Advertise - Print Edition


Brandeis University's Community Newspaper — Waltham, Mass.

Search


Sections


The Brandeis Hoot has moved. Please visit BrandeisHoot.com

Mental health needs to be prioritized

Published: August 22, 2014
Section: Opinions


According to an assessment by the 2013 American College Health Association, 51 percent of college students participating experienced overwhelming anxiety, 31.3 percent experienced depression so severe to the point of difficulty in functioning and 7.4 percent seriously considered suicide. This assessment involved surveying 123,078 college students.

While not every student encounters stress to this extent, it is well known that many are plagued with thoughts about uncertain futures, career paths and impending debt. In addition, almost all of us suffer from daily stressors involving family, friends and significant others. Some of us deal with this stress by ignoring it, and some of us develop other coping mechanisms, such as working out, seeing a therapist or venting to friends.

However, there are many students out there who have no idea how to tackle stress, or do so in an ineffective or destructive manner. Depression and anxiety can result from chronic stress and pressure felt by students. On the other hand, some might already have some kind of mental illness that is exacerbated by stress. In order to address this vital issue and prevent precarious outcomes down the road, there should be a plethora of amenities available to everyone on the Brandeis campus. We need services that help us feel supported, nurtured and informed throughout this hectic time in our lives.

Although stress from school or elsewhere originates from external stimuli, it manifests physically within the body. Stress triggers a sympathetic nervous system response: increased heart rate and blood pressure, shallow breathing and, indirectly, increased cortisol production (which leads to weight gain and a slew of other medical issues). Therefore, it only makes sense that in order to combat stress one must focus on two areas: physical health and emotional health. In the first category, Brandeis does provide a lot of tools to its students: We have the Gosman gymnasium, home to free fitness classes, various cardio and strength machines and free weights. Some dorms also have gyms, dance studios or some cardio machines. Both Usdan and Sherman offer many healthy choices (albeit repetitive, only to be expected at a university), and the C-Store has a vast amount of healthy snacks and produce in stock.

Despite all of this, Brandeis seems to be falling short in caring for the emotional health of their students. Mailman Counseling Center gives every student 10 free counseling sessions per academic year, which can be adjusted with the discretion of a therapist. This is certainly better than some other colleges; however, Mailman has received many complaints over the years ranging from poor staff and limited hours to students simply having no idea it exists. The Psychological Counseling Center University Committee is working on addressing these issues, and more information about Mailman is being incorporated into Orientation programming. While this is a great start to the battle against stress on the Brandeis campus, this is not enough for all students. For the exorbitant amount of money that we pay for tuition and the extremely high caliber of classes we take (and therefore, the stressful coursework needing to be completed), Brandeis should be catering to all aspects of our health.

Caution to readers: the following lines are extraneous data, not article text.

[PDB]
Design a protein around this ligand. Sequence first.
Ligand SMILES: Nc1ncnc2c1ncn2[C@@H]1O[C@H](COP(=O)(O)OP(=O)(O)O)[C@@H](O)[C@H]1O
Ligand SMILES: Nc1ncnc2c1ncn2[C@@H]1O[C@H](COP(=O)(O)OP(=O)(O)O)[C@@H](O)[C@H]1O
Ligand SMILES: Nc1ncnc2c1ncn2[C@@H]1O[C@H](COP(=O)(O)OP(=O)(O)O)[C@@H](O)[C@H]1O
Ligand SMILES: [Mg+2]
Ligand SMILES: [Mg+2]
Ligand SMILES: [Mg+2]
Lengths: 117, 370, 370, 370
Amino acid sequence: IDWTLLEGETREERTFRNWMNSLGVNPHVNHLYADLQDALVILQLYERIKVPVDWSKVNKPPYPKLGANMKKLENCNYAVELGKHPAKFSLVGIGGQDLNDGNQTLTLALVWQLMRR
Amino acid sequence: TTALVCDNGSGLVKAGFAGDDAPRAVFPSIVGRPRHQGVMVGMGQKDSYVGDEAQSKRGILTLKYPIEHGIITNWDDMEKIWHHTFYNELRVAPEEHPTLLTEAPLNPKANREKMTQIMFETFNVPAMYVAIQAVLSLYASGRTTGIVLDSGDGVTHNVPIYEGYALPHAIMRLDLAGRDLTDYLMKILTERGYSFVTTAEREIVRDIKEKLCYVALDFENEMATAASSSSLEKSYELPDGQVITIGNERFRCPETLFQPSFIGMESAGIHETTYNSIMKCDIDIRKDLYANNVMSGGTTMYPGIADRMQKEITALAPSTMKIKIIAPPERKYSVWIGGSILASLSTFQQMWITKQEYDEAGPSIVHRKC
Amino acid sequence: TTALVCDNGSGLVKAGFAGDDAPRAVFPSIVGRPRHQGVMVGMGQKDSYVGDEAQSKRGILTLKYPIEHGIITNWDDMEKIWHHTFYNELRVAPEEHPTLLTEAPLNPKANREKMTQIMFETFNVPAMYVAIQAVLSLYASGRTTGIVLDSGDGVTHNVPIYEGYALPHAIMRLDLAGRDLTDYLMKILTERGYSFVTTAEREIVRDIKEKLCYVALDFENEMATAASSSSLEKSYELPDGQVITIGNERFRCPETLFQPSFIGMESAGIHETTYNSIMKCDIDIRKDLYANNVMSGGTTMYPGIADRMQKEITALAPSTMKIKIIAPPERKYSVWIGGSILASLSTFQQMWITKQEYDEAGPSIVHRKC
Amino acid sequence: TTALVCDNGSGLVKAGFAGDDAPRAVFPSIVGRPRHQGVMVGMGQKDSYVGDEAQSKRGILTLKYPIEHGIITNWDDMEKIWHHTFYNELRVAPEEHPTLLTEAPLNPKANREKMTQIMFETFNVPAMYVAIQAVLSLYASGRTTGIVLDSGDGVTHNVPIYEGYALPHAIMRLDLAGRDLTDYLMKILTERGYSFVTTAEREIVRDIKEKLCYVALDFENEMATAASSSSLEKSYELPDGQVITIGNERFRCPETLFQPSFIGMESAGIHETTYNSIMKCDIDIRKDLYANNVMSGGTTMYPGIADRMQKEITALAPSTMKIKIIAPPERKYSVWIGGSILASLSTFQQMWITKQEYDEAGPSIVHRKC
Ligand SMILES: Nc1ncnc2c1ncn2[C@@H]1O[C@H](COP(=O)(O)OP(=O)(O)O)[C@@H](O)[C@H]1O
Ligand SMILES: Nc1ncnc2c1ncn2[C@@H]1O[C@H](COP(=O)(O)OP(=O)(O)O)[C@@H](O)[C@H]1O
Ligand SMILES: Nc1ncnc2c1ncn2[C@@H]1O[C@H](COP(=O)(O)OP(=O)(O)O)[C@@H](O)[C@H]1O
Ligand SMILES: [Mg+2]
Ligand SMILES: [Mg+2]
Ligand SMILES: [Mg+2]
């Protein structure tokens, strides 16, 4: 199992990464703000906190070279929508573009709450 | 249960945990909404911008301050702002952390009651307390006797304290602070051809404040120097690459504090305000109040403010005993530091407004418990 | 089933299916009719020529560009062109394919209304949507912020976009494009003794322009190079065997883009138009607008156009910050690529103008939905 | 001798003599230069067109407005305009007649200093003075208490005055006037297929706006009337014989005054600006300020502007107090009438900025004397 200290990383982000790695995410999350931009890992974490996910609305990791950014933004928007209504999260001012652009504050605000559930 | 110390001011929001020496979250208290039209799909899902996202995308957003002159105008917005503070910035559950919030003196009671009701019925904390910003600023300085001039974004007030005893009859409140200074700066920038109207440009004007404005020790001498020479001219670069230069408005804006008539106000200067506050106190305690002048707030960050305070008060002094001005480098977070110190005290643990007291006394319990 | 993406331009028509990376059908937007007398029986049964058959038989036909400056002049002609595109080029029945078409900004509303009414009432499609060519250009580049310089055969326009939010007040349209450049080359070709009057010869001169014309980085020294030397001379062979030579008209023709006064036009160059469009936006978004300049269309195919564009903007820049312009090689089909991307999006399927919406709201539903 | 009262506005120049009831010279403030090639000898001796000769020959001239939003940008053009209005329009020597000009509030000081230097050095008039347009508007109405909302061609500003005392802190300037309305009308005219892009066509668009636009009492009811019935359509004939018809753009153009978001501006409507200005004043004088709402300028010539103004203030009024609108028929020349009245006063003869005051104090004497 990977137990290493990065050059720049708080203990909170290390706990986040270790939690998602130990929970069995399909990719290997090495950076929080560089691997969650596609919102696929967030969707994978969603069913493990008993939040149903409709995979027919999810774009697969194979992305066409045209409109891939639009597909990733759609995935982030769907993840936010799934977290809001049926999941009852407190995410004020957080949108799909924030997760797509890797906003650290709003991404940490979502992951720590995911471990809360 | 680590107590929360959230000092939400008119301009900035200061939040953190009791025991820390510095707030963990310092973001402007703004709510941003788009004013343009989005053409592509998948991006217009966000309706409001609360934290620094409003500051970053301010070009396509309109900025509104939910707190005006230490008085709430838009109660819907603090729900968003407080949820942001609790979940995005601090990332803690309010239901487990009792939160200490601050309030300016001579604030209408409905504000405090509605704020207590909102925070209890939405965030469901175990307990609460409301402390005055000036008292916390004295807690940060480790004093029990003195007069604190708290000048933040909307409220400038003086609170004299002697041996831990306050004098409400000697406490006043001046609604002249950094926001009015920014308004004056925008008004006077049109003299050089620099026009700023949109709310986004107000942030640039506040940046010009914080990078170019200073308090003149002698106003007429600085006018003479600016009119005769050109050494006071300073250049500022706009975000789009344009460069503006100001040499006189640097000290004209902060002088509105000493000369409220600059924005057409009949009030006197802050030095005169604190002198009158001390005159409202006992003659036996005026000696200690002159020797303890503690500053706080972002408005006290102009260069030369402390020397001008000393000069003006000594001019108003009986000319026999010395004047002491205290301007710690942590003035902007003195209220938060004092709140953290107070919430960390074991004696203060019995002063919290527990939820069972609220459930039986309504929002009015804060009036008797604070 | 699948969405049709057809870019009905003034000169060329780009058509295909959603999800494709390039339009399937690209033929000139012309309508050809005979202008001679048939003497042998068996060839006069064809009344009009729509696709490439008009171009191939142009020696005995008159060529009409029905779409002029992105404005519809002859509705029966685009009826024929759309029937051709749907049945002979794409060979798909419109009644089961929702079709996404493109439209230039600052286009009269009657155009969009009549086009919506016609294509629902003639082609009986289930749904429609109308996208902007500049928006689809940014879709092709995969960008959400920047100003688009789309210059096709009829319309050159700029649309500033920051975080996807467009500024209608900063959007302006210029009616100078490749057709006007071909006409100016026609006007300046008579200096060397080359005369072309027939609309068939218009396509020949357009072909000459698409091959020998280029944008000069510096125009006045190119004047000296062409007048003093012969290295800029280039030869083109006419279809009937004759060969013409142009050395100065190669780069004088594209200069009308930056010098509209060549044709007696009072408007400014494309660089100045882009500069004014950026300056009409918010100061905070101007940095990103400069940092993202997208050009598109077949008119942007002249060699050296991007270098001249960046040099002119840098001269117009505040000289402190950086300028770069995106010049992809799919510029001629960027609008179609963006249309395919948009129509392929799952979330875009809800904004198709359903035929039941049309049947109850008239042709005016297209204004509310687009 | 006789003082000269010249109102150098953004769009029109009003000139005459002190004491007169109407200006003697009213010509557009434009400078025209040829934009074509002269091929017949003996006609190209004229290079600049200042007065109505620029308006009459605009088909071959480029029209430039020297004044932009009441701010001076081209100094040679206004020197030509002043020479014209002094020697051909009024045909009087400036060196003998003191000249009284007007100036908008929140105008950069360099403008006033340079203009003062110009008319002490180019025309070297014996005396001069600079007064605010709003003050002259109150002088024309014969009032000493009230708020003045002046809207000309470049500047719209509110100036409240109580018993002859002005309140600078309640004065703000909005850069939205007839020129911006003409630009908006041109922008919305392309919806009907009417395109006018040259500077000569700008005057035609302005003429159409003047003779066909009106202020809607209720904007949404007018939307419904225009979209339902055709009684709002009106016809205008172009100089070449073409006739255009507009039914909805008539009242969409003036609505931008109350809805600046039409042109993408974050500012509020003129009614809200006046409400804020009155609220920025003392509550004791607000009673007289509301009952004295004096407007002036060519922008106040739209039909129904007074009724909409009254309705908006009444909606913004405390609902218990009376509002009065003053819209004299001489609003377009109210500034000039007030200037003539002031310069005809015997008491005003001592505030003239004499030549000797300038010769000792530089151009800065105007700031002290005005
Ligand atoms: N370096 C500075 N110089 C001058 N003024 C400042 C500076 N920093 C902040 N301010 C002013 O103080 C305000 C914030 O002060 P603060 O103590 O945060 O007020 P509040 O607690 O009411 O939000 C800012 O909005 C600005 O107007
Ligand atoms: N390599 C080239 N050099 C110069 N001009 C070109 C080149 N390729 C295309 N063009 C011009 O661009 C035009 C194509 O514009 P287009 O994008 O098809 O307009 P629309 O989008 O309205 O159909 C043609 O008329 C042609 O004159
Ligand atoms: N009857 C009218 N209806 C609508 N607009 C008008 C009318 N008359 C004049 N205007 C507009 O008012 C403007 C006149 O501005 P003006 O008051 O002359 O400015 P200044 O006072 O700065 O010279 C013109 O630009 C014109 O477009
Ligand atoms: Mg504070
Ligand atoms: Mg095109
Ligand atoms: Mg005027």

For years we slaved in high school so that we could gain admission to a university as phenomenal as Brandeis, and unfortunately, the hard work did not end there. This stress will inevitably follow us wherever we go after graduation and well into our professional and adult lives. We deserve to enjoy our college years and revel in the learning we do in our four years here, but it seems that more and more students are not able to enjoy learning in a classroom or even being college students and approach their education only as a gateway to the next milestone in their lives. This devalues the actual learning we do and places a disproportionate emphasis on grades and resumé building. We need more resources to remind us to take a step back and relax, to remember that despite being college students, it is imperative to enjoy life and let loose a little. For students who struggle with this, there must be more amenities on campus to support them and provide tools for coping and help.

While Brandeis does a good job overall of taking care of its students physically, there are still ways to improve. One step that would make eating healthy easier for students is to implement the app CampusDish, which gives students information regarding nutritional and ingredient content for each menu item daily. Brandeis could also learn from Washington University in St. Louis, which has chef demonstrations and teaches students how to prepare healthy meals. In regards to exercise programs, physical health is a personal preference for students. Some like playing team sports or participating in-group classes, some working out alone and some detest exercise completely. However, Brandeis should expand its physical exercise program to include more relaxation classes, such as meditation or Tai Chi. While a popular fitness class at Brandeis, yoga is only offered once a week. Yoga and meditation have been proven to reduce stress and promote relaxation and peace of mind, and therefore should be offered several times a week at multiple times. Another amenity to consider might be accessible outings that promote physical activity, like kayaking, ice skating or skiing to create an opportunity for students to de-stress via socialization and physical activity.